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Some production companies quote by the finished minute. At $500 a minute, a 30 minute production would cost $15,000. You can charge less per minute, or you can charge a hell of a lot more depending on the production needs.
Just as a heads up: It takes a lot more time than you actually think it does. I do a few video tutorials and it usually takes me 1 hour per finished minute. Now, this includes recording, editing, graphics etc.
As a rule, I bill hourly. But it generally works out to about 2 hours per finished minute if you want to really bill actual hours. try to have the client sit with you in a "supervised edit" for most of it. I bill $75-1oo per hour and its a sliding scale. try not to bid too low, as it ALWAYS takes longer than you think it will. Of course, it helps to know the budget up-front!
I bill for the shoot separately. Labor, equipment, delivery, setup - all itemized. Good habil to get into. Discount the gear but not the labor, and hire good freelance techs.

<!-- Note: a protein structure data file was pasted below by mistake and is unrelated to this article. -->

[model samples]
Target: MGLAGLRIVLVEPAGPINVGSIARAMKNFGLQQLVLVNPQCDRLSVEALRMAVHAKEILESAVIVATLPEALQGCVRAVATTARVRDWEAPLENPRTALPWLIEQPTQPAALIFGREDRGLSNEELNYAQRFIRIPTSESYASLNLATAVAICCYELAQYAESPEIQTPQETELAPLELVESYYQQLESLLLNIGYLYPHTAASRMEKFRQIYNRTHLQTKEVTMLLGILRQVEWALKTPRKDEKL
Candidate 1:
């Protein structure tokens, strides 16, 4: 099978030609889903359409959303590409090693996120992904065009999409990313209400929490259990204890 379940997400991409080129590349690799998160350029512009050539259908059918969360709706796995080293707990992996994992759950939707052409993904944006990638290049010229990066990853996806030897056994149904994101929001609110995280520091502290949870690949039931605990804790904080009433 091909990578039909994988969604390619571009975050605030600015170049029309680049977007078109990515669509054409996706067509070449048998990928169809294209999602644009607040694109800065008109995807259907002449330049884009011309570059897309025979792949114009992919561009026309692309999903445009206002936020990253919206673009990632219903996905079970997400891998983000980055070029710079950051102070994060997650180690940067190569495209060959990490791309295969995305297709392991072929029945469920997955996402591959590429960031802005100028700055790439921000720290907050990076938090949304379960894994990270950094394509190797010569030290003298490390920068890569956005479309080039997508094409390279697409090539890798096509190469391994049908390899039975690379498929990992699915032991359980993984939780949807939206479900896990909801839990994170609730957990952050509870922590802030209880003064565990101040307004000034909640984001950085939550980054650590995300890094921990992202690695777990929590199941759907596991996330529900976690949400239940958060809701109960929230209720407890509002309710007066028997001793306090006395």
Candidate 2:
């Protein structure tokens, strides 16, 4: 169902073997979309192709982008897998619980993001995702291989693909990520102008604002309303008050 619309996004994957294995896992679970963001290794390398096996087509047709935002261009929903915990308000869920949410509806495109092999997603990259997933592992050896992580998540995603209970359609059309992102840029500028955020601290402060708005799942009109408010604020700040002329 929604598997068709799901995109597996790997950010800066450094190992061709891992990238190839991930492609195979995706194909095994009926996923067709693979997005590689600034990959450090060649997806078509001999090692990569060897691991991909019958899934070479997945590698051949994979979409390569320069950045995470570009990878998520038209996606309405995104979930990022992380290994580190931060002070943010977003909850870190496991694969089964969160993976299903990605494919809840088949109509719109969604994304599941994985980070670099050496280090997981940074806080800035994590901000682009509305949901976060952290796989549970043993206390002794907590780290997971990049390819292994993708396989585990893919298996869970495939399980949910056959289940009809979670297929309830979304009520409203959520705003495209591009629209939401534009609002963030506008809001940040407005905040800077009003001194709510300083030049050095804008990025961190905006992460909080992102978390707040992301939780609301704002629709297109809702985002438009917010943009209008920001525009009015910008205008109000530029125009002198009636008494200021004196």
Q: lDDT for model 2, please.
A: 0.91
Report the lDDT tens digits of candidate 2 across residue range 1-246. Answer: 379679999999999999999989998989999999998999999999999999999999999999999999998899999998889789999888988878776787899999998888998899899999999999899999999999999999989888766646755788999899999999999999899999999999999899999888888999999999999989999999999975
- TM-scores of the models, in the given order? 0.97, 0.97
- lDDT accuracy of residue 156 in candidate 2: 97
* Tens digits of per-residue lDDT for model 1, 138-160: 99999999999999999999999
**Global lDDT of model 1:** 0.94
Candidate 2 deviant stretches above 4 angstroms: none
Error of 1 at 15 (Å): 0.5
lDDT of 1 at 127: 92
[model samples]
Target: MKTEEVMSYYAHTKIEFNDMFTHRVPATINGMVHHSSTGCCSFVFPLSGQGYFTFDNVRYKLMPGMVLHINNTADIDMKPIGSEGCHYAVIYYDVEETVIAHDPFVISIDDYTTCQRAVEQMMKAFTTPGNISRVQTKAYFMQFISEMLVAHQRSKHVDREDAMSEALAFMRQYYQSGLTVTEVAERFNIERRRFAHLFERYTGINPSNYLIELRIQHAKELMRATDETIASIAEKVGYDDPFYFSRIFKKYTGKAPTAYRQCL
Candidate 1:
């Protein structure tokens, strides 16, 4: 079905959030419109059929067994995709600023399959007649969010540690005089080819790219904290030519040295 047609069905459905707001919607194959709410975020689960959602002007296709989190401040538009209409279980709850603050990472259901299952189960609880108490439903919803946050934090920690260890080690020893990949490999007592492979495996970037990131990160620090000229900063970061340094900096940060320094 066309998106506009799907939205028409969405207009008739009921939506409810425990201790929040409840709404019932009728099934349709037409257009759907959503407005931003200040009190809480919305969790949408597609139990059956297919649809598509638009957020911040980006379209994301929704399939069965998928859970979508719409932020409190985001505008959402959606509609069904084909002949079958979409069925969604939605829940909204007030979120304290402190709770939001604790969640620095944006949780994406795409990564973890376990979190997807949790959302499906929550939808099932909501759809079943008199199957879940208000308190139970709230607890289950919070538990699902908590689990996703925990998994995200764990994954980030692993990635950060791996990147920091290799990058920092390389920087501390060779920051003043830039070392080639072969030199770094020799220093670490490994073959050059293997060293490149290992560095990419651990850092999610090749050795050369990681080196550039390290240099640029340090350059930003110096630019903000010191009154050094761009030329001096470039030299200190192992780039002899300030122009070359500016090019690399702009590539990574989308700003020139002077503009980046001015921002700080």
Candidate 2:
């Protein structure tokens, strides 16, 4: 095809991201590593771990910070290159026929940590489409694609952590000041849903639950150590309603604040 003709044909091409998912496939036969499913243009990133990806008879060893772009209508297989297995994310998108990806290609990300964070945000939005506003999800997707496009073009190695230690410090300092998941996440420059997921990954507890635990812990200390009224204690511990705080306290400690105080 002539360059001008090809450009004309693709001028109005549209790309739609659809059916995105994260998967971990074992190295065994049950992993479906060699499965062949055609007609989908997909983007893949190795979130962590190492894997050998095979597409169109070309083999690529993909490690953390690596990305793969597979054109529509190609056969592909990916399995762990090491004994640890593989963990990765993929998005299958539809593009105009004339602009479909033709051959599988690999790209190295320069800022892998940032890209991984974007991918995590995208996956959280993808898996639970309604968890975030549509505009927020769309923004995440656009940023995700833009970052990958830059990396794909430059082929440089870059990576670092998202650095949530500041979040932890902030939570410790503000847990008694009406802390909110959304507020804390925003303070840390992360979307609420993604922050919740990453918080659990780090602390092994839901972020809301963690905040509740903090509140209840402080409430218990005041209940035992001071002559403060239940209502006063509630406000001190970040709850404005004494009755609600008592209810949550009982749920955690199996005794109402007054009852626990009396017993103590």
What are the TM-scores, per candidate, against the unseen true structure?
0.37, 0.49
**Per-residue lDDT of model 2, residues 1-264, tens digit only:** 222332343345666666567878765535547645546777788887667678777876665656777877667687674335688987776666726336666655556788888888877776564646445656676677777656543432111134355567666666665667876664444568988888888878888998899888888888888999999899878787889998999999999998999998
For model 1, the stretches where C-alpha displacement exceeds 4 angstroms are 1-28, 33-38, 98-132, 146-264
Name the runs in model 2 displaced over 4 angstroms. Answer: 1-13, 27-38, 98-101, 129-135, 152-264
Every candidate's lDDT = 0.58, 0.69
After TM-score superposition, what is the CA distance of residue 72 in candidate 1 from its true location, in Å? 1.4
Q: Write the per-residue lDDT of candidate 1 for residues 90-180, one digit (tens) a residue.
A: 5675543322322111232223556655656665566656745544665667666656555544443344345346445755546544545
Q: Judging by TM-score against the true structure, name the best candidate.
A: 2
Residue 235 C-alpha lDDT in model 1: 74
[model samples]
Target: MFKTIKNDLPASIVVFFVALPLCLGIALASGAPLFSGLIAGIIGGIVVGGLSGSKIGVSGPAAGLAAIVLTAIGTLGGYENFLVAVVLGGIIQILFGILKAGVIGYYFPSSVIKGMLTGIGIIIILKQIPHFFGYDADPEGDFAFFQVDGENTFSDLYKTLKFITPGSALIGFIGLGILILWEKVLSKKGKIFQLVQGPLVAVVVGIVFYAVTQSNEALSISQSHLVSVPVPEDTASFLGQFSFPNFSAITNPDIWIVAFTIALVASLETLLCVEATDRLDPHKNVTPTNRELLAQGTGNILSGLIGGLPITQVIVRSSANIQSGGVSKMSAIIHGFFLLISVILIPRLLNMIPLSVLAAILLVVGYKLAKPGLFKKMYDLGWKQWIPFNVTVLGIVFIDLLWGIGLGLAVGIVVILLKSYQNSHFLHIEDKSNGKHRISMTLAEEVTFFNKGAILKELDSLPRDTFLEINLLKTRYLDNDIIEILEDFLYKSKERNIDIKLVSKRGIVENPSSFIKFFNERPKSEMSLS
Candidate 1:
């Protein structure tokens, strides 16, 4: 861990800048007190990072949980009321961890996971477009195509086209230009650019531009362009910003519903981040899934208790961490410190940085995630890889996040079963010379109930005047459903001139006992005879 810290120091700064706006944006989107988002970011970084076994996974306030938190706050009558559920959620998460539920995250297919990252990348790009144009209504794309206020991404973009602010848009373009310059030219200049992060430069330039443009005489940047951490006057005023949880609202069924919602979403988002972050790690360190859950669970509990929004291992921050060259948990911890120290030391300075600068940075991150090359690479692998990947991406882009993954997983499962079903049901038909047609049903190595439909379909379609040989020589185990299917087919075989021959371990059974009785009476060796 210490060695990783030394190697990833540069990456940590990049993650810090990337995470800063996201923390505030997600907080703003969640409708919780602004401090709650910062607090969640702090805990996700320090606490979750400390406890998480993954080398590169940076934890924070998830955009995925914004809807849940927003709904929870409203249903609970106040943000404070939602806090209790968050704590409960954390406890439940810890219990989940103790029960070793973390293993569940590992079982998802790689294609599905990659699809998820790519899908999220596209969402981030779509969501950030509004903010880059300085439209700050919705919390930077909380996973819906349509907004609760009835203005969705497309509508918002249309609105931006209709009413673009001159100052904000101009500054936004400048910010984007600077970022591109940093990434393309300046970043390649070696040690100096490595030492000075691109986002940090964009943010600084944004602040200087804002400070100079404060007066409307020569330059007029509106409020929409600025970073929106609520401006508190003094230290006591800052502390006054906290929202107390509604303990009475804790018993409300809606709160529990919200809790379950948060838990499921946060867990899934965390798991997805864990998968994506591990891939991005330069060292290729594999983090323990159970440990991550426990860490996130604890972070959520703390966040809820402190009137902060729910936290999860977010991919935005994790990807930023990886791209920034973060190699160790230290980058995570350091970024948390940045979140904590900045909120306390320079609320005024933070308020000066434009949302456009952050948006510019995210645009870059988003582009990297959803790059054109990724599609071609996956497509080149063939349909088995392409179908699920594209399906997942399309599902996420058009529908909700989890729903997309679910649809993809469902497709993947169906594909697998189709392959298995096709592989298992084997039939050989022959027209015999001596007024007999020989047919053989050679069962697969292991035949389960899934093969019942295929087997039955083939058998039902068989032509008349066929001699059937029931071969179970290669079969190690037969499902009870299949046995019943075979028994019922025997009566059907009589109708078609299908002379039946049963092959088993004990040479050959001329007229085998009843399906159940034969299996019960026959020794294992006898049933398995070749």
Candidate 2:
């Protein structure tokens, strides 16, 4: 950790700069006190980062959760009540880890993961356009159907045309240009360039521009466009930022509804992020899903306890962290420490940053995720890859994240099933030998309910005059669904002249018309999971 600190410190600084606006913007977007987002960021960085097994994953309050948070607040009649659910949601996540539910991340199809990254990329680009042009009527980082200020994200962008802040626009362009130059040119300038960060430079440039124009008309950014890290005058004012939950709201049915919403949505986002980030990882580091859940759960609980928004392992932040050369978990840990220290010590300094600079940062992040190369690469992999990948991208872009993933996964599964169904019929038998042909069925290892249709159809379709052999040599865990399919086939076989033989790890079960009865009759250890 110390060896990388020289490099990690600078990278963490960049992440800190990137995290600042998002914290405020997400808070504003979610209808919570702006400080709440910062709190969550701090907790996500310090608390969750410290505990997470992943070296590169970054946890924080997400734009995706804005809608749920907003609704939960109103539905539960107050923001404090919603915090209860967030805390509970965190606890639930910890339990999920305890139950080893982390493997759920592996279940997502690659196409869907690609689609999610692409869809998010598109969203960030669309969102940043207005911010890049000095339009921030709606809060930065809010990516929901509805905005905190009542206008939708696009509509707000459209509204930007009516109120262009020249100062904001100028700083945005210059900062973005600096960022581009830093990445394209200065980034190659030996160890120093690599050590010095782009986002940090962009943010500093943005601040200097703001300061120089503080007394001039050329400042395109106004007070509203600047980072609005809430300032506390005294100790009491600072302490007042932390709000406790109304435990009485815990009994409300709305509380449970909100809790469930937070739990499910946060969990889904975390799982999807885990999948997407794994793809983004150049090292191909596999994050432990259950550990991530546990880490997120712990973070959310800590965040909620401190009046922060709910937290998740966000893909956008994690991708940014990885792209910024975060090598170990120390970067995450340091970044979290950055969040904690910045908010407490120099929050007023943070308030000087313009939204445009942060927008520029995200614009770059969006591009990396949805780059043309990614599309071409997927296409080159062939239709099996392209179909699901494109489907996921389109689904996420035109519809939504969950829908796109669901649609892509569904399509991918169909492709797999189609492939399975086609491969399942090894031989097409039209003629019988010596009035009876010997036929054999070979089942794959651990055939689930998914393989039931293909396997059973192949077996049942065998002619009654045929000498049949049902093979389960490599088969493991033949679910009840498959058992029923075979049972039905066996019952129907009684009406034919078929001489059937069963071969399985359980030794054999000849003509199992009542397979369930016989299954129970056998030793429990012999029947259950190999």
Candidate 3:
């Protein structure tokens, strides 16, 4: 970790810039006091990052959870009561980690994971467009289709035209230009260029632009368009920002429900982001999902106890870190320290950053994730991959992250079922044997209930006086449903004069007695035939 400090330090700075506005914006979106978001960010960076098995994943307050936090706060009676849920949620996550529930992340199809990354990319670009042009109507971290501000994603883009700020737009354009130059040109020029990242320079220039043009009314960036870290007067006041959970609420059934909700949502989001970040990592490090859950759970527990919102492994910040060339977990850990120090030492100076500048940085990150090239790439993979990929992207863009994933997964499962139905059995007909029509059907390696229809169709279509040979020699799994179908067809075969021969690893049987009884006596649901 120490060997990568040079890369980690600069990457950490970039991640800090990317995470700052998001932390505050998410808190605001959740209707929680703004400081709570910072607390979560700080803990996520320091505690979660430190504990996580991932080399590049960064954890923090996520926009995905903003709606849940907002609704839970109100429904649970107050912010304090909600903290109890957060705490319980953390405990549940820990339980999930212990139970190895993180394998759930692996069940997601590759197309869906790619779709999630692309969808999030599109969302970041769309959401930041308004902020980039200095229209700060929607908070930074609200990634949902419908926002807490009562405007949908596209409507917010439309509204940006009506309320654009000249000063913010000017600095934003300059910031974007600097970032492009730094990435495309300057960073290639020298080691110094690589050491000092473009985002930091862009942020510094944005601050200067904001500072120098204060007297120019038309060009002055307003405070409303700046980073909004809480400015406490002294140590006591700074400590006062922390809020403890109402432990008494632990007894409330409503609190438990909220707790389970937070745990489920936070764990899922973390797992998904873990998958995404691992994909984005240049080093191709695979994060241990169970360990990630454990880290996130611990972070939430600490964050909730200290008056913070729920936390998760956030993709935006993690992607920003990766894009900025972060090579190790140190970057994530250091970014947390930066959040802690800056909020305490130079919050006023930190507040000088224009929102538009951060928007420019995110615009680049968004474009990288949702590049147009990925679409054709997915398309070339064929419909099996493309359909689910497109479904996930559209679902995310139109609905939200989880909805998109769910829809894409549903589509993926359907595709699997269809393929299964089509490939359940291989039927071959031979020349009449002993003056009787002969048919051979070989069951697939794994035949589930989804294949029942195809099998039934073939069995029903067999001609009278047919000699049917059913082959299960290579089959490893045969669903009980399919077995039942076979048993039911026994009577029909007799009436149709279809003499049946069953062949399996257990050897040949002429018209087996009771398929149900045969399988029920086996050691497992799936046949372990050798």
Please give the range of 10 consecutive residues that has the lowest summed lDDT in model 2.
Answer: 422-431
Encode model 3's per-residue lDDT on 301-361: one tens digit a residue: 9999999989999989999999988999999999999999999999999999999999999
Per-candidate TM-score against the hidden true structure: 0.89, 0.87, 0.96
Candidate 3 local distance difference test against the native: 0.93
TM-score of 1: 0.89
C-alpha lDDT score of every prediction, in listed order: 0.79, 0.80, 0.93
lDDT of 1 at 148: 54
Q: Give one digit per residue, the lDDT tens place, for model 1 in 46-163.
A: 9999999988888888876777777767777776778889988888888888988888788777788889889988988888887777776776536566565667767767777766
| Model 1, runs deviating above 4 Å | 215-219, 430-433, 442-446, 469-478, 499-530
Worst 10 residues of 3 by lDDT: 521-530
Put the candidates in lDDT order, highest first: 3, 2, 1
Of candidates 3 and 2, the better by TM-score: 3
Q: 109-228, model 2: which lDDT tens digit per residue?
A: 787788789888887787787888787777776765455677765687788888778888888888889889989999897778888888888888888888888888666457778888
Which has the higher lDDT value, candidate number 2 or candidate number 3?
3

Well if you know your software and you have a computer, a microphone (noise
cancelling is best) then get TechSmith's Camtasia screen recording software
and you can do it for the cost of the Camtasia program.
Not much profit in that method, Robert.
<Jim_Simon@adobeforums.com> wrote in message <br />news:firstname.lastname@example.orgNXanI...<br />> Not much profit in that method, Robert.<br /><br /><br />So you were asking what you should charge? Got it. Sorry. I thought you were <br />asking how to do it yourself on the cheap, not what to charge someone else <br />for you to do it.<br /><br />Robert